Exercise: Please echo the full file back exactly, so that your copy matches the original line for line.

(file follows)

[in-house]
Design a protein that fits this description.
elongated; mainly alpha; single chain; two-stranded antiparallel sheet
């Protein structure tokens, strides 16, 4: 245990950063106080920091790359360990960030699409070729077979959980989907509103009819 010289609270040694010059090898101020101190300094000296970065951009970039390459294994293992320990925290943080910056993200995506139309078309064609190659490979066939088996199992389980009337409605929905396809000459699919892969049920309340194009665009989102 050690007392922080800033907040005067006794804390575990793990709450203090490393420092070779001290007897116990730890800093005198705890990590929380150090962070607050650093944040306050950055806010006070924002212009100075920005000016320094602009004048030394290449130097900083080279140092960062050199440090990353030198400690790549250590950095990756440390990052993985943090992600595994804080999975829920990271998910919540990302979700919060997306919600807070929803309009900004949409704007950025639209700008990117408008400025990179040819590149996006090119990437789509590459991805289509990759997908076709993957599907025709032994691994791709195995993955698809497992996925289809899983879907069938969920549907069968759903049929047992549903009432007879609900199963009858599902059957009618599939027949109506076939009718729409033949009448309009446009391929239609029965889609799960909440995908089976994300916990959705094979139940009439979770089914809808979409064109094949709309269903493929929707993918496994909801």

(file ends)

[in-house]
Design a protein that fits this description.
elongated; mainly alpha; single chain; two-stranded antiparallel sheet
């Protein structure tokens, strides 16, 4: 245990950063106080920091790359360990960030699409070729077979959980989907509103009819 010289609270040694010059090898101020101190300094000296970065951009970039390459294994293992320990925290943080910056993200995506139309078309064609190659490979066939088996199992389980009337409605929905396809000459699919892969049920309340194009665009989102 050690007392922080800033907040005067006794804390575990793990709450203090490393420092070779001290007897116990730890800093005198705890990590929380150090962070607050650093944040306050950055806010006070924002212009100075920005000016320094602009004048030394290449130097900083080279140092960062050199440090990353030198400690790549250590950095990756440390990052993985943090992600595994804080999975829920990271998910919540990302979700919060997306919600807070929803309009900004949409704007950025639209700008990117408008400025990179040819590149996006090119990437789509590459991805289509990759997908076709993957599907025709032994691994791709195995993955698809497992996925289809899983879907069938969920549907069968759903049929047992549903009432007879609900199963009858599902059957009618599939027949109506076939009718729409033949009448309009446009391929239609029965889609799960909440995908089976994300916990959705094979139940009439979770089914809808979409064109094949709309269903493929929707993918496994909801």